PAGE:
• The SOW completely ignores monitoring soils around and vapor intrusion under/in buildings very close to Kipp, and in particular the Goodman Center. Why? While Schmoller said he “felt” that Goodman wouldn’t have vapor intrusion problems, there is no data justifying his belief, and he never explained his reasoning. Regardless of his “feelings” on this, I think it’s a no-brainer that Goodman should be tested, just to make sure.*
  • The impacts, current & future, on Well 8 [Olbrich Sledding Hill] must be documented and modeled; this would include an increased withdrawal scenario. If Well 8 is filtered for Manganese and Iron, which is under consideration (pilot tests very soon if not already), this will also draw the Kipp contaminants into the well faster/sooner.
  • The neighborhood is already getting water from PCE/TCE contaminated wells–Well 11 and Well 15. The Schenk-Atwood area drinks water from a combination of Wells 8, 11, 15 (and 29?). Well 15 has the worst PCE contamination. Any additional PCE/TCE and related contaminants that end up from Well 8 will only add to existing levels from those wells.
  • This is an environmental justice issue: While most middle/upper middle class people can afford a filter, most low income people cannot. The poor should not be poisoned. Most especially, they should not be poisoned for being poor.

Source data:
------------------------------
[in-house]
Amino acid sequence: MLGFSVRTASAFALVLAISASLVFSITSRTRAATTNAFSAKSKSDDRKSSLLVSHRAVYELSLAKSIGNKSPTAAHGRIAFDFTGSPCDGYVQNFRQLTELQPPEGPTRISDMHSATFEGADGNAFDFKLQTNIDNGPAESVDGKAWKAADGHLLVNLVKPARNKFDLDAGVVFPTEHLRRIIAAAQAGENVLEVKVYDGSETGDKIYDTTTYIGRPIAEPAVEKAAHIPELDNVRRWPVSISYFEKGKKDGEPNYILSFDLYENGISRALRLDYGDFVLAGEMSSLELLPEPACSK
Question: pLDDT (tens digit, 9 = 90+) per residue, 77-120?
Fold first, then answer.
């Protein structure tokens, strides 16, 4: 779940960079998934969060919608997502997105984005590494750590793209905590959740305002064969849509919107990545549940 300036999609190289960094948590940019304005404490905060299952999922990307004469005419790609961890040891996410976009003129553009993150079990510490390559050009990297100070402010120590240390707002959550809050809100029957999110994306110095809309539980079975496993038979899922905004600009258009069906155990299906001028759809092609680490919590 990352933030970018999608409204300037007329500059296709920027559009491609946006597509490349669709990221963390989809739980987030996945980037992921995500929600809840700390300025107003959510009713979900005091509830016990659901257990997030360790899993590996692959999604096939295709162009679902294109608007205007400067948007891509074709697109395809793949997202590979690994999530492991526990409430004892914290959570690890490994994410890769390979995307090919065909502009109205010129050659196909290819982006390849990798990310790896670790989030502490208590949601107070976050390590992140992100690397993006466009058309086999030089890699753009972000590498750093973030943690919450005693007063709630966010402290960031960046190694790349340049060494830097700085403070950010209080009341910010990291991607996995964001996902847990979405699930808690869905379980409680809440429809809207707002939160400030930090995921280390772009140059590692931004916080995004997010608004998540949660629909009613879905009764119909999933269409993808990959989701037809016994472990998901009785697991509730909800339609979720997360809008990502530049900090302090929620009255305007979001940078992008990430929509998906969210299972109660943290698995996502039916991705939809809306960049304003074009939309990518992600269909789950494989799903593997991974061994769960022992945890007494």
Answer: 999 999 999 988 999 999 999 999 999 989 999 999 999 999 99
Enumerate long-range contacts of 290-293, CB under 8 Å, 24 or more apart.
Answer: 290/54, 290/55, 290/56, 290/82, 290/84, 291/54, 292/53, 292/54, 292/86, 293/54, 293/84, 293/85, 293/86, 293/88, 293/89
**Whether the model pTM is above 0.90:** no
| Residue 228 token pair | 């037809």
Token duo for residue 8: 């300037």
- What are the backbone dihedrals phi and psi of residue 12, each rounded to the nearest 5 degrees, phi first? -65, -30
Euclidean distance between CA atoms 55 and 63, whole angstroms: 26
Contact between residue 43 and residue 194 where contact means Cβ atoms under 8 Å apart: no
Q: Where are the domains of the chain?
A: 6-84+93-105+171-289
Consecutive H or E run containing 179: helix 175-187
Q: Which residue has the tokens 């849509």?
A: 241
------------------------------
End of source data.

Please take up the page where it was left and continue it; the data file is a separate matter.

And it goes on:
• Put all relevant Kipp SOW/legal documents at Hawthorne Library and make them available for download. ALL documents–even the embarrassing/sensitive ones.
  • The vapor dispersal system you have proposed is so 1960s. Dilution-the-best-solution-to-pollution? Wrong. And it contravenes the agreement my government and I, as a citizen, came to through the Clean Water Act and the Clean Air Act.
  • The public engagement process so far has been highly inadequate on a number of levels. For starters, the neighborhood had less than a week to comment on this SOW; that is not even close to adequate. It is clear that WDNR sees public comment as completely token.
Ms. Stepp, clean up your mess.
Now.
Completely.
Dig up the source contaminant.
Remove it from the site.
All of it.
Dispose of it properly.
Make the perpetrator pay for all of it.*
Plus significant penalties.
Your agency has had decades to fix this problem. Do your job as you promised the US Environmental Protection Agency you would.
Sincerely,
Michael D. Barrett
*As good conservatives love to say, ‘you do the crime, you do the time.’